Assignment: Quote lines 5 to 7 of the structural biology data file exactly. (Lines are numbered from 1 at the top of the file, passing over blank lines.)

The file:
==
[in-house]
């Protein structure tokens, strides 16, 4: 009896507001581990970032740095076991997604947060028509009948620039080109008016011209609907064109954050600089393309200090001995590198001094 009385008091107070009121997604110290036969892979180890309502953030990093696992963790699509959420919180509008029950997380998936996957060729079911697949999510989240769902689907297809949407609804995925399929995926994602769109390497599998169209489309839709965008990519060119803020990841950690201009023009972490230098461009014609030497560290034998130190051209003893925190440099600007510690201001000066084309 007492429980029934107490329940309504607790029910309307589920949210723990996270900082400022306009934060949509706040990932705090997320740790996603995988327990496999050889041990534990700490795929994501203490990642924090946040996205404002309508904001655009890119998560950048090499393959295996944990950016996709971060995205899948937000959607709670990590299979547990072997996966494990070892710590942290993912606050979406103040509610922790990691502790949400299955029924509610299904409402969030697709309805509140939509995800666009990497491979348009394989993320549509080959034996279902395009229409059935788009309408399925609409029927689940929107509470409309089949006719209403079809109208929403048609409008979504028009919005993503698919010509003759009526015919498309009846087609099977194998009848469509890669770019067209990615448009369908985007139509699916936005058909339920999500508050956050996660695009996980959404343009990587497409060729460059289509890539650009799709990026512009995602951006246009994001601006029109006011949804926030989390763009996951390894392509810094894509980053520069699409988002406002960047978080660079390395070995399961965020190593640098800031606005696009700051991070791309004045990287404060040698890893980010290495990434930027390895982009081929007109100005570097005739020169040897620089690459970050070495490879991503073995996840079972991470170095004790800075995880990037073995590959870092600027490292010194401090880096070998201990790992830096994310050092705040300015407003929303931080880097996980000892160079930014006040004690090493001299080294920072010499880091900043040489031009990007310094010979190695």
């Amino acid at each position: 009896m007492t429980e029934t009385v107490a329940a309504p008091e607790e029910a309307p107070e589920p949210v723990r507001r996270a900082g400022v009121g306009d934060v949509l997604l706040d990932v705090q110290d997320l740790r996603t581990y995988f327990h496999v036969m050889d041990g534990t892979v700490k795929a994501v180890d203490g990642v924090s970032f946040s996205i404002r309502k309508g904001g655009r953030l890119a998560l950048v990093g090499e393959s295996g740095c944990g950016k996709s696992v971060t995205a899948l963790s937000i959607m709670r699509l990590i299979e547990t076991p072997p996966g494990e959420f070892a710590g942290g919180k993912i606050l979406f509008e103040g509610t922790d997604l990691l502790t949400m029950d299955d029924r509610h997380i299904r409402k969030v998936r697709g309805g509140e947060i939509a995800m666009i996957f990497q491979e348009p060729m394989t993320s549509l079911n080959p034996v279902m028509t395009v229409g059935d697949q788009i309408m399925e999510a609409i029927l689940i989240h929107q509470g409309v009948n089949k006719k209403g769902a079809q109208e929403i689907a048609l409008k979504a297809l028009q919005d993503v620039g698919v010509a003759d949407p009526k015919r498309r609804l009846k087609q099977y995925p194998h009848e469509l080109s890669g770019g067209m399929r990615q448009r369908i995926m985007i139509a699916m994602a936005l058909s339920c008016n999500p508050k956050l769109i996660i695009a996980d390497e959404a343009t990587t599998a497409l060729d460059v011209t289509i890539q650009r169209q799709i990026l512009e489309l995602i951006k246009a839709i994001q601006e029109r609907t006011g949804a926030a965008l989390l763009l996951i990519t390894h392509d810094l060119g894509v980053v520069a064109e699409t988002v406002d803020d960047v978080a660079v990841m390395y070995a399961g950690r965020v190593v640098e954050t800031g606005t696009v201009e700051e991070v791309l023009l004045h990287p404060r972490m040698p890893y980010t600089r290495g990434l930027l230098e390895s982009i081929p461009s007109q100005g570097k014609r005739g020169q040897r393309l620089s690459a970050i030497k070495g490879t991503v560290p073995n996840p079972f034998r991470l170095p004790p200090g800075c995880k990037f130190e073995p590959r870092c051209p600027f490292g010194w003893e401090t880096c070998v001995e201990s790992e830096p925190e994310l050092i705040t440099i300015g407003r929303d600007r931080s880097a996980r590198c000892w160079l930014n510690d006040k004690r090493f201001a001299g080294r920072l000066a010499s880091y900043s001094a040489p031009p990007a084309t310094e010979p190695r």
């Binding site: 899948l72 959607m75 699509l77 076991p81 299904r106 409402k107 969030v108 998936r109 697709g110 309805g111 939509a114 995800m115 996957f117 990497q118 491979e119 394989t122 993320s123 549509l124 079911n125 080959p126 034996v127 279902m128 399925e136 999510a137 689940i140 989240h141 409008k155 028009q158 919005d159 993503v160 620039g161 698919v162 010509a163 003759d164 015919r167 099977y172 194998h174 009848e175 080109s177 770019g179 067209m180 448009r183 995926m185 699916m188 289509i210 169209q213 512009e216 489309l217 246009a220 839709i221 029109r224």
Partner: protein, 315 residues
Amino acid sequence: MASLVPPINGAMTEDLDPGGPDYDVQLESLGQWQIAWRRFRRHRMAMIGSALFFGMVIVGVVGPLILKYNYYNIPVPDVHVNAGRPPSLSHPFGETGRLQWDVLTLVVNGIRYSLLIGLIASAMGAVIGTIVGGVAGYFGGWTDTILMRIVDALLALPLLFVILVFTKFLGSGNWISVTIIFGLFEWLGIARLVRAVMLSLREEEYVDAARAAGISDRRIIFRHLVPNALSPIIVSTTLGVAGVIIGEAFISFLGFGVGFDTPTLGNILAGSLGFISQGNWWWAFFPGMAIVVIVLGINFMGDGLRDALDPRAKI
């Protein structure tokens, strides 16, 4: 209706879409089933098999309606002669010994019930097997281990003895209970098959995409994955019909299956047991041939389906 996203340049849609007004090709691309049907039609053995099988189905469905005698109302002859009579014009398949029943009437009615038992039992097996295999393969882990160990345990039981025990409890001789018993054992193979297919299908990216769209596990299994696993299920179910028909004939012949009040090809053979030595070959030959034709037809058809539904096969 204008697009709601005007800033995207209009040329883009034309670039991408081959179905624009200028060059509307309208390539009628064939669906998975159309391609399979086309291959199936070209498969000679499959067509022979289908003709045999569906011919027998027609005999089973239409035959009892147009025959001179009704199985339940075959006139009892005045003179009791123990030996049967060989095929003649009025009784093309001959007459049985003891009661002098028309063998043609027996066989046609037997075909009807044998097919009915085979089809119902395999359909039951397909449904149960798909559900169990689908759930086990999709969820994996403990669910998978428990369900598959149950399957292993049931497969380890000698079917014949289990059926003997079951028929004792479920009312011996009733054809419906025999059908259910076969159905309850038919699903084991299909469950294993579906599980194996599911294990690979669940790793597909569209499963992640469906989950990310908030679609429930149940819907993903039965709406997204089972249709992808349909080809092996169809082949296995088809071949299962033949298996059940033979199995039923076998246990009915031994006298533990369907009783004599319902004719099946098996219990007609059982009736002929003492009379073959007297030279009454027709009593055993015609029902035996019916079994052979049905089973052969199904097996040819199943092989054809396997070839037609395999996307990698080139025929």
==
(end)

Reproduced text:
Partner: protein, 315 residues
Amino acid sequence: MASLVPPINGAMTEDLDPGGPDYDVQLESLGQWQIAWRRFRRHRMAMIGSALFFGMVIVGVVGPLILKYNYYNIPVPDVHVNAGRPPSLSHPFGETGRLQWDVLTLVVNGIRYSLLIGLIASAMGAVIGTIVGGVAGYFGGWTDTILMRIVDALLALPLLFVILVFTKFLGSGNWISVTIIFGLFEWLGIARLVRAVMLSLREEEYVDAARAAGISDRRIIFRHLVPNALSPIIVSTTLGVAGVIIGEAFISFLGFGVGFDTPTLGNILAGSLGFISQGNWWWAFFPGMAIVVIVLGINFMGDGLRDALDPRAKI
């Protein structure tokens, strides 16, 4: 209706879409089933098999309606002669010994019930097997281990003895209970098959995409994955019909299956047991041939389906 996203340049849609007004090709691309049907039609053995099988189905469905005698109302002859009579014009398949029943009437009615038992039992097996295999393969882990160990345990039981025990409890001789018993054992193979297919299908990216769209596990299994696993299920179910028909004939012949009040090809053979030595070959030959034709037809058809539904096969 204008697009709601005007800033995207209009040329883009034309670039991408081959179905624009200028060059509307309208390539009628064939669906998975159309391609399979086309291959199936070209498969000679499959067509022979289908003709045999569906011919027998027609005999089973239409035959009892147009025959001179009704199985339940075959006139009892005045003179009791123990030996049967060989095929003649009025009784093309001959007459049985003891009661002098028309063998043609027996066989046609037997075909009807044998097919009915085979089809119902395999359909039951397909449904149960798909559900169990689908759930086990999709969820994996403990669910998978428990369900598959149950399957292993049931497969380890000698079917014949289990059926003997079951028929004792479920009312011996009733054809419906025999059908259910076969159905309850038919699903084991299909469950294993579906599980194996599911294990690979669940790793597909569209499963992640469906989950990310908030679609429930149940819907993903039965709406997204089972249709992808349909080809092996169809082949296995088809071949299962033949298996059940033979199995039923076998246990009915031994006298533990369907009783004599319902004719099946098996219990007609059982009736002929003492009379073959007297030279009454027709009593055993015609029902035996019916079994052979049905089973052969199904097996040819199943092989054809396997070839037609395999996307990698080139025929």